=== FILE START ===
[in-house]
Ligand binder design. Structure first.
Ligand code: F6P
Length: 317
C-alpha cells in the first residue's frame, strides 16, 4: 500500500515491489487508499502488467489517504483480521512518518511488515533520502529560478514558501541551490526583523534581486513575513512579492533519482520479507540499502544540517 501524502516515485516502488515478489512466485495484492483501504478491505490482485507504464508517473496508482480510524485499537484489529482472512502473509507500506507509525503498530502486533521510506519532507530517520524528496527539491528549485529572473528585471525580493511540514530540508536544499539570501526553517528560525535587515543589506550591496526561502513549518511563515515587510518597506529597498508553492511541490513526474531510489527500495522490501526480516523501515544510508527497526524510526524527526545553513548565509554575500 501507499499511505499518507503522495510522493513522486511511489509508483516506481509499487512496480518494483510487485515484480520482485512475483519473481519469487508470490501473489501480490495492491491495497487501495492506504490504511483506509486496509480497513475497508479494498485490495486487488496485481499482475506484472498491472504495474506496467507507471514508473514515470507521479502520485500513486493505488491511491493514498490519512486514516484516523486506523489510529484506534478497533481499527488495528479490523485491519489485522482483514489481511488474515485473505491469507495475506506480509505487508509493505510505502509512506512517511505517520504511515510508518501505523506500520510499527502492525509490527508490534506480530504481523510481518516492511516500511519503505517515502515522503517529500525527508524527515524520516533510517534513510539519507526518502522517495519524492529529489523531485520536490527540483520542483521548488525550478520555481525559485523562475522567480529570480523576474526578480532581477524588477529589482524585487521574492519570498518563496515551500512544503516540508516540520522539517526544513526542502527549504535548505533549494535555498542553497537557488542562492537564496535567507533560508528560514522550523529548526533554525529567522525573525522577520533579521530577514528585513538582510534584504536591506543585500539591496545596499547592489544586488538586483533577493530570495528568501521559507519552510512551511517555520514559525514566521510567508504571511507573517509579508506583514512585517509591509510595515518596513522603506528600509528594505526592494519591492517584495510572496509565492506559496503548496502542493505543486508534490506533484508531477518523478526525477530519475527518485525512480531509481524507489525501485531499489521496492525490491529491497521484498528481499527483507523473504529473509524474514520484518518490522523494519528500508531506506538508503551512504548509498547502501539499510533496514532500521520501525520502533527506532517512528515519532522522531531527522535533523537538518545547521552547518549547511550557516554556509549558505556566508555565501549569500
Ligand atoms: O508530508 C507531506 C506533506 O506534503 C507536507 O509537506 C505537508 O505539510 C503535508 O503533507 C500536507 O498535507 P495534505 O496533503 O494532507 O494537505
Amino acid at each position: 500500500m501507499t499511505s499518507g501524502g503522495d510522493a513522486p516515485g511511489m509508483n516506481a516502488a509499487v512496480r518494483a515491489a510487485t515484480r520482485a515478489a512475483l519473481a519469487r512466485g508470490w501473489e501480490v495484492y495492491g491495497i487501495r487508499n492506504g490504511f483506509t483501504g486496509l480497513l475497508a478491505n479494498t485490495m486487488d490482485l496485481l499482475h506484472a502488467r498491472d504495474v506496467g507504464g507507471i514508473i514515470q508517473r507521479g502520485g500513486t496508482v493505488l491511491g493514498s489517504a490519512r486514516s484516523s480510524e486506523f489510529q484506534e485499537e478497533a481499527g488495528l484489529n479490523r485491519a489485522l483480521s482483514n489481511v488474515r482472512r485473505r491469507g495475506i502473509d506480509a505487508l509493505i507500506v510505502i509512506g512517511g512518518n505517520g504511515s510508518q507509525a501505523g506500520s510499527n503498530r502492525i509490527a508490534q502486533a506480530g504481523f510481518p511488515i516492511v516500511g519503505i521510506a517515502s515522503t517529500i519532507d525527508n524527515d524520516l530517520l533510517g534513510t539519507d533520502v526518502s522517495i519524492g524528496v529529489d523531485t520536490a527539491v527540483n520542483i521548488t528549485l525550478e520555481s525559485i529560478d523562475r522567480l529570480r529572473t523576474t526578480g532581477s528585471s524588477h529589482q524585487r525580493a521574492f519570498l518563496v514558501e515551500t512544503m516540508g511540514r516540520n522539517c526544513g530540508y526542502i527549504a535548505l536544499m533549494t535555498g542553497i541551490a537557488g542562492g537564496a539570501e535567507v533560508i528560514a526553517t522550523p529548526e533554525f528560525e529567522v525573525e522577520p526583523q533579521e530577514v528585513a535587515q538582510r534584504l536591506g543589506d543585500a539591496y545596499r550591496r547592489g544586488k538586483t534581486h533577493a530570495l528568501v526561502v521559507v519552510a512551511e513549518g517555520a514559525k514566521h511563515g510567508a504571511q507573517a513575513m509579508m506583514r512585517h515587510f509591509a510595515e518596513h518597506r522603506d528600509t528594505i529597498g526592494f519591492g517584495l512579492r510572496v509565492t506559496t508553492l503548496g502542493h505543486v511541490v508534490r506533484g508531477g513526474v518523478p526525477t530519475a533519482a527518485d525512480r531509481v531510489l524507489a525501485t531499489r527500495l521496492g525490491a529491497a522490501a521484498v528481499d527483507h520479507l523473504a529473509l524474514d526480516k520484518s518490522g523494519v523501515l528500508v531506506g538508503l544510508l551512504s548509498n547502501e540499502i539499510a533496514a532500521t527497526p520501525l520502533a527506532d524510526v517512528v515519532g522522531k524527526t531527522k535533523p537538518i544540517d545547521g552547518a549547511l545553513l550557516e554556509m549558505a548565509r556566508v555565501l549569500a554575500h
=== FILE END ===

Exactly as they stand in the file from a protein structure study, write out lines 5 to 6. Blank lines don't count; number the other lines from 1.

C-alpha cells in the first residue's frame, strides 16, 4: 500500500515491489487508499502488467489517504483480521512518518511488515533520502529560478514558501541551490526583523534581486513575513512579492533519482520479507540499502544540517 501524502516515485516502488515478489512466485495484492483501504478491505490482485507504464508517473496508482480510524485499537484489529482472512502473509507500506507509525503498530502486533521510506519532507530517520524528496527539491528549485529572473528585471525580493511540514530540508536544499539570501526553517528560525535587515543589506550591496526561502513549518511563515515587510518597506529597498508553492511541490513526474531510489527500495522490501526480516523501515544510508527497526524510526524527526545553513548565509554575500 501507499499511505499518507503522495510522493513522486511511489509508483516506481509499487512496480518494483510487485515484480520482485512475483519473481519469487508470490501473489501480490495492491491495497487501495492506504490504511483506509486496509480497513475497508479494498485490495486487488496485481499482475506484472498491472504495474506496467507507471514508473514515470507521479502520485500513486493505488491511491493514498490519512486514516484516523486506523489510529484506534478497533481499527488495528479490523485491519489485522482483514489481511488474515485473505491469507495475506506480509505487508509493505510505502509512506512517511505517520504511515510508518501505523506500520510499527502492525509490527508490534506480530504481523510481518516492511516500511519503505517515502515522503517529500525527508524527515524520516533510517534513510539519507526518502522517495519524492529529489523531485520536490527540483520542483521548488525550478520555481525559485523562475522567480529570480523576474526578480532581477524588477529589482524585487521574492519570498518563496515551500512544503516540508516540520522539517526544513526542502527549504535548505533549494535555498542553497537557488542562492537564496535567507533560508528560514522550523529548526533554525529567522525573525522577520533579521530577514528585513538582510534584504536591506543585500539591496545596499547592489544586488538586483533577493530570495528568501521559507519552510512551511517555520514559525514566521510567508504571511507573517509579508506583514512585517509591509510595515518596513522603506528600509528594505526592494519591492517584495510572496509565492506559496503548496502542493505543486508534490506533484508531477518523478526525477530519475527518485525512480531509481524507489525501485531499489521496492525490491529491497521484498528481499527483507523473504529473509524474514520484518518490522523494519528500508531506506538508503551512504548509498547502501539499510533496514532500521520501525520502533527506532517512528515519532522522531531527522535533523537538518545547521552547518549547511550557516554556509549558505556566508555565501549569500
Ligand atoms: O508530508 C507531506 C506533506 O506534503 C507536507 O509537506 C505537508 O505539510 C503535508 O503533507 C500536507 O498535507 P495534505 O496533503 O494532507 O494537505